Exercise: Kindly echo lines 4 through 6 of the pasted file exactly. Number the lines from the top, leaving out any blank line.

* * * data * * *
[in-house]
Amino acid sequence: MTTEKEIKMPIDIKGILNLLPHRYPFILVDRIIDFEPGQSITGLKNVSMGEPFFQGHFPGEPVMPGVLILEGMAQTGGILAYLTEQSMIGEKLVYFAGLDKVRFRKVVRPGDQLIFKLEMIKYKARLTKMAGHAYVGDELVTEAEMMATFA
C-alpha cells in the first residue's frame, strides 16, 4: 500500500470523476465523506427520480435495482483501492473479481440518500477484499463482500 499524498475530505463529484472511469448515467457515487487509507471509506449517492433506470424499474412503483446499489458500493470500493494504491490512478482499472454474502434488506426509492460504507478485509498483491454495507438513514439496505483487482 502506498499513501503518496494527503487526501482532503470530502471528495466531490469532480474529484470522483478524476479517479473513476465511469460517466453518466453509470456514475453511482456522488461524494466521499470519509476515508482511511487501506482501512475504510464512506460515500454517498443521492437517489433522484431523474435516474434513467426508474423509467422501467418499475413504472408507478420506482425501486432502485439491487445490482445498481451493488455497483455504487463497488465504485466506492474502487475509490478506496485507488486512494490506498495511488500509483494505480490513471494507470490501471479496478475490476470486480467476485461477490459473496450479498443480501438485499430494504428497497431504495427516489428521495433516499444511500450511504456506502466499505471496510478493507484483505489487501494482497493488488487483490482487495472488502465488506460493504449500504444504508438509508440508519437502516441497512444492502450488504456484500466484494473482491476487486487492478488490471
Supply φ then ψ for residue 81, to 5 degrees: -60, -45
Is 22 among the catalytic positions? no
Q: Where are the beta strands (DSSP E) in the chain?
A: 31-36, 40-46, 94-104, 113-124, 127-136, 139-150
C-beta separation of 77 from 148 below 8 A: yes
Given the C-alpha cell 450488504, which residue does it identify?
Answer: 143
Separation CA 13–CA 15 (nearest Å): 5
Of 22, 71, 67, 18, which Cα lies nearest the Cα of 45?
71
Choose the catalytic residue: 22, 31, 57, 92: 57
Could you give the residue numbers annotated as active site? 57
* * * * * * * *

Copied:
Supply φ then ψ for residue 81, to 5 degrees: -60, -45
Is 22 among the catalytic positions? no
Q: Where are the beta strands (DSSP E) in the chain?